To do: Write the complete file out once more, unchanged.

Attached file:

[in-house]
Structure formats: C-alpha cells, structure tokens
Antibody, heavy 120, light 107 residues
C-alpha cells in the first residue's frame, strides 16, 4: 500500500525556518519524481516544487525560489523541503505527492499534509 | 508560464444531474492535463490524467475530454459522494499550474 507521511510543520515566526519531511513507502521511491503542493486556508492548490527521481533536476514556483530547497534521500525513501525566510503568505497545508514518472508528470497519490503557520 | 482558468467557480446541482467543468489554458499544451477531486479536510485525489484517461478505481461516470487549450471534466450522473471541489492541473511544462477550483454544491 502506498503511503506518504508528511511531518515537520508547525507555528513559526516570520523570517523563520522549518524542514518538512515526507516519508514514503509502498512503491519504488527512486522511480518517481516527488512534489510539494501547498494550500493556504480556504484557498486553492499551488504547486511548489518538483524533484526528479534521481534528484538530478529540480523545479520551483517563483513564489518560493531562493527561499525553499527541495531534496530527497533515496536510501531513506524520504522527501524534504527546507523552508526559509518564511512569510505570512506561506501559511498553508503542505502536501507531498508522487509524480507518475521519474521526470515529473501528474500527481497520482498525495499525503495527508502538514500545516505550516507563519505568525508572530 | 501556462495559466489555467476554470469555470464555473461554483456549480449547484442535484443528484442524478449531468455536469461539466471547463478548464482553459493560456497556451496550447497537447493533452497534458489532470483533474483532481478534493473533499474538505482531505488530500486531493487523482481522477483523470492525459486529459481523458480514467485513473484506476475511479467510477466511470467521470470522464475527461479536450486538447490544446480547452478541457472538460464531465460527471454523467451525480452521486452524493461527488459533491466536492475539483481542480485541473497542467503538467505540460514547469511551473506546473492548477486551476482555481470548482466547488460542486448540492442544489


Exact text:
[in-house]
Structure formats: C-alpha cells, structure tokens
Antibody, heavy 120, light 107 residues
C-alpha cells in the first residue's frame, strides 16, 4: 500500500525556518519524481516544487525560489523541503505527492499534509 | 508560464444531474492535463490524467475530454459522494499550474 507521511510543520515566526519531511513507502521511491503542493486556508492548490527521481533536476514556483530547497534521500525513501525566510503568505497545508514518472508528470497519490503557520 | 482558468467557480446541482467543468489554458499544451477531486479536510485525489484517461478505481461516470487549450471534466450522473471541489492541473511544462477550483454544491 502506498503511503506518504508528511511531518515537520508547525507555528513559526516570520523570517523563520522549518524542514518538512515526507516519508514514503509502498512503491519504488527512486522511480518517481516527488512534489510539494501547498494550500493556504480556504484557498486553492499551488504547486511548489518538483524533484526528479534521481534528484538530478529540480523545479520551483517563483513564489518560493531562493527561499525553499527541495531534496530527497533515496536510501531513506524520504522527501524534504527546507523552508526559509518564511512569510505570512506561506501559511498553508503542505502536501507531498508522487509524480507518475521519474521526470515529473501528474500527481497520482498525495499525503495527508502538514500545516505550516507563519505568525508572530 | 501556462495559466489555467476554470469555470464555473461554483456549480449547484442535484443528484442524478449531468455536469461539466471547463478548464482553459493560456497556451496550447497537447493533452497534458489532470483533474483532481478534493473533499474538505482531505488530500486531493487523482481522477483523470492525459486529459481523458480514467485513473484506476475511479467510477466511470467521470470522464475527461479536450486538447490544446480547452478541457472538460464531465460527471454523467451525480452521486452524493461527488459533491466536492475539483481542480485541473497542467503538467505540460514547469511551473506546473492548477486551476482555481470548482466547488460542486448540492442544489